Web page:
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Data Vs. Corruption: Insights from the Frontlines
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Photo: by TAI

Finding ways to strengthen the use of disclosed information is a shared priority for TAI’s six donor members. Eager to move beyond generalities, one thread of inquiry has been to look at lessons learned from past investments involving data, the subject of a new TAI report. Another has been to examine barriers to data use in the specific country and sectoral contexts with an eye to insights of broader relevance.

We’re excited to share headline findings from the first of those in country explorations focused on the use of anti-corruption data in Nigeria.

Our Process and Methodology

Guided by the TAI secretariat, our members undertook a combination of desk research grantee survey, and in-country consultations centered on convenings in Lagos and Abuja. Inputs from over fifty Nigerian organizations, including civil society organizations, media houses, and some government officials, created a deeper understanding of the challenges to access, analyze, and utilize datasets that can support anti-corruption research, investigation advocacy, litigation and sanctioning. Thank you again to all those who shared their stories, expertise, and ideas. Our new Data vs Corruption brief captures some of what we learned but here are some of the headlines.

Some of our headline findings are:

1.Data availability and accessibility

Anti-corruption data remains hard to come by, and despite the passage of a Freedom of Information (FOI) law in 2011, is difficult to solicit. This is partially due to uneven implementation of the FOI, but also systemic problems: the lack of technical capacity in government to collect and share data in an open format, and the politicization of data in Nigeria disincentives government officials to disclose, let alone overcome these technical difficulties. This hasn’t held back anti-corruption activists, who find increasingly creative methods to find and make sense of information.

2. Data quality

Poor data quality, and not considering the user when developing a data portal, is another challenge facing grantees. CSOs must first identify a source of useful data, a challenge on its own, and then make sense of data that may be outdated or incomplete (inconsistent with other government datasets, or requiring additional data for proper analysis), opaque (methodology not reported or not disaggregated to a useful degree) or presented in an inaccessible format (such as PDF).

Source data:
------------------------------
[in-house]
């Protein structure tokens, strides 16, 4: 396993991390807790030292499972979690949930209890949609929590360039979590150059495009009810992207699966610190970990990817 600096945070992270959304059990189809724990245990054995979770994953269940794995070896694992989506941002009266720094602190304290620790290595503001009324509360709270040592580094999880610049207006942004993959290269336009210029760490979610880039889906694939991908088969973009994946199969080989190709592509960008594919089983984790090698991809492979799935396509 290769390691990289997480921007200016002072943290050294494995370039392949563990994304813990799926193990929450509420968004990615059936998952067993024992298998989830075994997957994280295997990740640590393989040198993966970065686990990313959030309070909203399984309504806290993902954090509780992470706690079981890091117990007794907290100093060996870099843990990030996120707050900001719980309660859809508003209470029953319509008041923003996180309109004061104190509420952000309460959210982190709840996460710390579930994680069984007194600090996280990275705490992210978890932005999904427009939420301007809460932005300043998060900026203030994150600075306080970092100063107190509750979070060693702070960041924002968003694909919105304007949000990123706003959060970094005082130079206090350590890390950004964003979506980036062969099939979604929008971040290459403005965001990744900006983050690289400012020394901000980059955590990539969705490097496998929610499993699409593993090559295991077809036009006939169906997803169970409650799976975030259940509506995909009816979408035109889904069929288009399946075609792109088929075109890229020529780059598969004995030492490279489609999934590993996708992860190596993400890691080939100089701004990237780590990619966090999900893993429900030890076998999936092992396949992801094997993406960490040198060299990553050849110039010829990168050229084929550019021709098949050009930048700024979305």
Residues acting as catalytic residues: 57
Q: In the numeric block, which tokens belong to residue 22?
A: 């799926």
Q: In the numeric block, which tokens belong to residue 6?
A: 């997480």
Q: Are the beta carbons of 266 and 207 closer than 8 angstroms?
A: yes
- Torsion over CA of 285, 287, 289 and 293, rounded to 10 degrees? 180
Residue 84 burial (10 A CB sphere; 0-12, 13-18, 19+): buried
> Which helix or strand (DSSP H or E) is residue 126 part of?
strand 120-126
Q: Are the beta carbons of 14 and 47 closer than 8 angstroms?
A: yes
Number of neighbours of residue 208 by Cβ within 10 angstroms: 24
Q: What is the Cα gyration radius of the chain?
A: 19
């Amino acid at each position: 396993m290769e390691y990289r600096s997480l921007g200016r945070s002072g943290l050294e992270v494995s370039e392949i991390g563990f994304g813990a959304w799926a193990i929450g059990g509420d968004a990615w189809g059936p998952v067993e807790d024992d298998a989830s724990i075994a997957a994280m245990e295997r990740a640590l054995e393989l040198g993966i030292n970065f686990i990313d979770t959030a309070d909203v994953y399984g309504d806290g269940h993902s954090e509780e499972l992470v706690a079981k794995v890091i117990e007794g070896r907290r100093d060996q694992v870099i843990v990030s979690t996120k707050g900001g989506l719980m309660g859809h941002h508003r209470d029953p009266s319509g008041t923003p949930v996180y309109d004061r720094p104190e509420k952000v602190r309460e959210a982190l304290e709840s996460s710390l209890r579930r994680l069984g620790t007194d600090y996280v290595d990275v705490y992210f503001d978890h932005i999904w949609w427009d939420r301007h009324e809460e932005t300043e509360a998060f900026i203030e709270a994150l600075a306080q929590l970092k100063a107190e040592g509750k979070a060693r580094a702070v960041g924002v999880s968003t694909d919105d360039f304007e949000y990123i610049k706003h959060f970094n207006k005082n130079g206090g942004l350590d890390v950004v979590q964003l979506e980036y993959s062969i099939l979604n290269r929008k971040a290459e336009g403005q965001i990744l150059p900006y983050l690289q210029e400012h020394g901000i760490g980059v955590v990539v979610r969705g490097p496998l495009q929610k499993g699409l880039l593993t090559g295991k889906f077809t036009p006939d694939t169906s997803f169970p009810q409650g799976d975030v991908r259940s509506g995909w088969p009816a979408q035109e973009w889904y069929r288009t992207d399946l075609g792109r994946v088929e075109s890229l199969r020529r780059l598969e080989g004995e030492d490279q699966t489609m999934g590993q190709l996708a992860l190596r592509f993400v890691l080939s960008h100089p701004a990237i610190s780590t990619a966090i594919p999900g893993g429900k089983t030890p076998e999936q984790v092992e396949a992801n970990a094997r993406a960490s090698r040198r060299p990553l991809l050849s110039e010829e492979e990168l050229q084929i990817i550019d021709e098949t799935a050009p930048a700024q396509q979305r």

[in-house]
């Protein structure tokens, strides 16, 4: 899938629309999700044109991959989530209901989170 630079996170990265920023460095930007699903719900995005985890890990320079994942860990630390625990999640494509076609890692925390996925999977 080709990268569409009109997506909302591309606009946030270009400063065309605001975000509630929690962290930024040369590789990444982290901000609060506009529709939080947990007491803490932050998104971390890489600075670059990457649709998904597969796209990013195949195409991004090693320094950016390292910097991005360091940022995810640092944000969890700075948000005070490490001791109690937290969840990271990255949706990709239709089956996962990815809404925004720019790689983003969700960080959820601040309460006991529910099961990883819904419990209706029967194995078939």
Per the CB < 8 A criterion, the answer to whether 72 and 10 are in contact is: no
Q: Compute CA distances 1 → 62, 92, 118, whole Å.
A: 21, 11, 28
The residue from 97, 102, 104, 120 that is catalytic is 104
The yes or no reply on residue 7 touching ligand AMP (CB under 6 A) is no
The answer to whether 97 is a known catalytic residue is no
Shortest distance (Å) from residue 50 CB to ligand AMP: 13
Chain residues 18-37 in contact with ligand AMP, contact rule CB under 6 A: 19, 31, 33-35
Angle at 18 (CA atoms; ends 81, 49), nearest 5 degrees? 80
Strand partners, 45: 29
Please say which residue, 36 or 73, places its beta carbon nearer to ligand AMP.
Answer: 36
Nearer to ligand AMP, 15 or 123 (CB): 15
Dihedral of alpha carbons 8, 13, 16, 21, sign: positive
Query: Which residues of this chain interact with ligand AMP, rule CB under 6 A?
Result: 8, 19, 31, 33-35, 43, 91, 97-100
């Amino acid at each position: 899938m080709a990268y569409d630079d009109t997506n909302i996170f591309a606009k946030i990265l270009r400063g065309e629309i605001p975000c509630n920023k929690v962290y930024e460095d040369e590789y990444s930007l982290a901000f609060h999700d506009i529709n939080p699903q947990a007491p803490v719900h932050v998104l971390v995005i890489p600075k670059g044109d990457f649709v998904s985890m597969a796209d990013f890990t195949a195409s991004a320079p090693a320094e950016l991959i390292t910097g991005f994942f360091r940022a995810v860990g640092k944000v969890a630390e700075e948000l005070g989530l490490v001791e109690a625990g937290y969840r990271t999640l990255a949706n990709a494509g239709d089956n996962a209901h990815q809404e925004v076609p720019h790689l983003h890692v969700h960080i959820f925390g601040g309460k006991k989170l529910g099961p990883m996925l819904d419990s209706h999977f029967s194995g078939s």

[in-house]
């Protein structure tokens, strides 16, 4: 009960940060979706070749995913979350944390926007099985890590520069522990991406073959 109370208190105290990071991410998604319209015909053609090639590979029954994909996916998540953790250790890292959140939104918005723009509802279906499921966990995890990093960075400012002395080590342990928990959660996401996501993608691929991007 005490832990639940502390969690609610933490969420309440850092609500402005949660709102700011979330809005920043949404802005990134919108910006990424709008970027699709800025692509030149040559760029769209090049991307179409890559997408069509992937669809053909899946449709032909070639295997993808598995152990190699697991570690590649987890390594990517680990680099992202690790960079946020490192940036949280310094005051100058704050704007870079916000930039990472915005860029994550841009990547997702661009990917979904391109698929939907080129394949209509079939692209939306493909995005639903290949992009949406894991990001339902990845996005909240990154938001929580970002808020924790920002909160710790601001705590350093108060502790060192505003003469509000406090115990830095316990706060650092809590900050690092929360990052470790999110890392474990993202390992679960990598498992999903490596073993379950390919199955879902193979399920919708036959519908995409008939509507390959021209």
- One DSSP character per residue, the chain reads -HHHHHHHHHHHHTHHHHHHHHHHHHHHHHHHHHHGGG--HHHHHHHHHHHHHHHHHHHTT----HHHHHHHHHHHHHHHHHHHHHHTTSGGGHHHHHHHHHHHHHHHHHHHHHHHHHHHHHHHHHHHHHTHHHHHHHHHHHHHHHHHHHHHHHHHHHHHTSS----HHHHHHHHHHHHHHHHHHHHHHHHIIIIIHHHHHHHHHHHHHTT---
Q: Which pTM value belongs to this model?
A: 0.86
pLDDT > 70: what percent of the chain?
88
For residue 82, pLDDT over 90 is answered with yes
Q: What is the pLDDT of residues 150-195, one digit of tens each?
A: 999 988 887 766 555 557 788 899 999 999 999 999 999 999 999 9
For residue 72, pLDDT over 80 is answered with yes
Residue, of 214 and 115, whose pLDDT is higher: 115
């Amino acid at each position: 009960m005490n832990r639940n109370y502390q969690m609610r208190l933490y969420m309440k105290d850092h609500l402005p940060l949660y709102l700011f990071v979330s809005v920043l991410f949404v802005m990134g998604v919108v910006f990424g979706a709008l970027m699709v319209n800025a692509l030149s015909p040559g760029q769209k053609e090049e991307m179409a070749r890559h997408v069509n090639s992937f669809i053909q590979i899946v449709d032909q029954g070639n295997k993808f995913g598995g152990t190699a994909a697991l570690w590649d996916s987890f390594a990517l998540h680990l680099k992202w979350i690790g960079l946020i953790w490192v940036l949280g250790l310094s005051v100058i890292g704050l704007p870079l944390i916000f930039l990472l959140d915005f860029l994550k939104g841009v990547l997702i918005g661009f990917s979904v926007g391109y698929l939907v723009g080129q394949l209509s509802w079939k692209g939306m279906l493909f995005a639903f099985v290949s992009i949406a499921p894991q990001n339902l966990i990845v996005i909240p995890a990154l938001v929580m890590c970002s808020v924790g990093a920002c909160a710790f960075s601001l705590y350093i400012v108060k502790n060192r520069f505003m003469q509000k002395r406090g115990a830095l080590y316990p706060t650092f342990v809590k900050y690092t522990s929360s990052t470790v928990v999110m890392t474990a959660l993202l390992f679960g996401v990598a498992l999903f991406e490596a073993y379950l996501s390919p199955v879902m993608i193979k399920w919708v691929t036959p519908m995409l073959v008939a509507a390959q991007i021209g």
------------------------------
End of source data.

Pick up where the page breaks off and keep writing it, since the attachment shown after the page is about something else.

3. Data analysis and uptake

The deficit of hard skills necessary to overcome quality issues and turn data into knowledge is widespread, equally plagues government and civic actors. The poor design of data portals, reflecting the scarcity of UX expertise, compounds this, making quality issues a serious roadblock to fully realizing the potential of data disclosure. There are “islands of excellence” who offer their expertise & insight for the good of the field – while this is useful, it is not a substitute for broader skills development. Identifying better ways to leverage the complementary skills and roles of stakeholders (ranging from grassroots groups to investigative journalists) could help make the anti-corruption movement significant than the sum of its parts.

4. Data-Driven collaborations

Silos between professional users of data do exist – often, CSOs lack the time and capacity to broker trusted relationships with unfamiliar actors. For example, the burgeoning data science network isn’t well-connected to the anti-corruption community, which would likely aid in data analysis. However, there are ongoing, meaningful partnerships (such as between journalists and CSOs) that are worth building on and trying to foster. Additionally, while hard-earned, building constructive relationships between CSOs and government officials is worthwhile and can help spark a culture shift towards openness.

Cross-cutting insights

Donors have a vital role to play in strengthening the anti-corruption ecosystem; in particular, they can foster information sharing and connect their grantees (plugging information and awareness gaps) and use their convening power to bring grantees together to share insights, learnings, and stories about their work and its impact.

What next?

Over the next 18 months, TAI members plan to test approaches to boost the use of a specific dataset through targeted interventions. We’ll be enlisting a learning partner to help us learn from each pilot – what’s working in Nigeria, what we’re learning more broadly about data for accountability, and if those insights are indicative of challenges accountability actors face in other countries. Keep your eyes peeled for more updates on that in the coming months.

Please share your thoughts, comments, and reflections to us on contact@transparency-initiative.org.

Download the Data vs Corruption Brief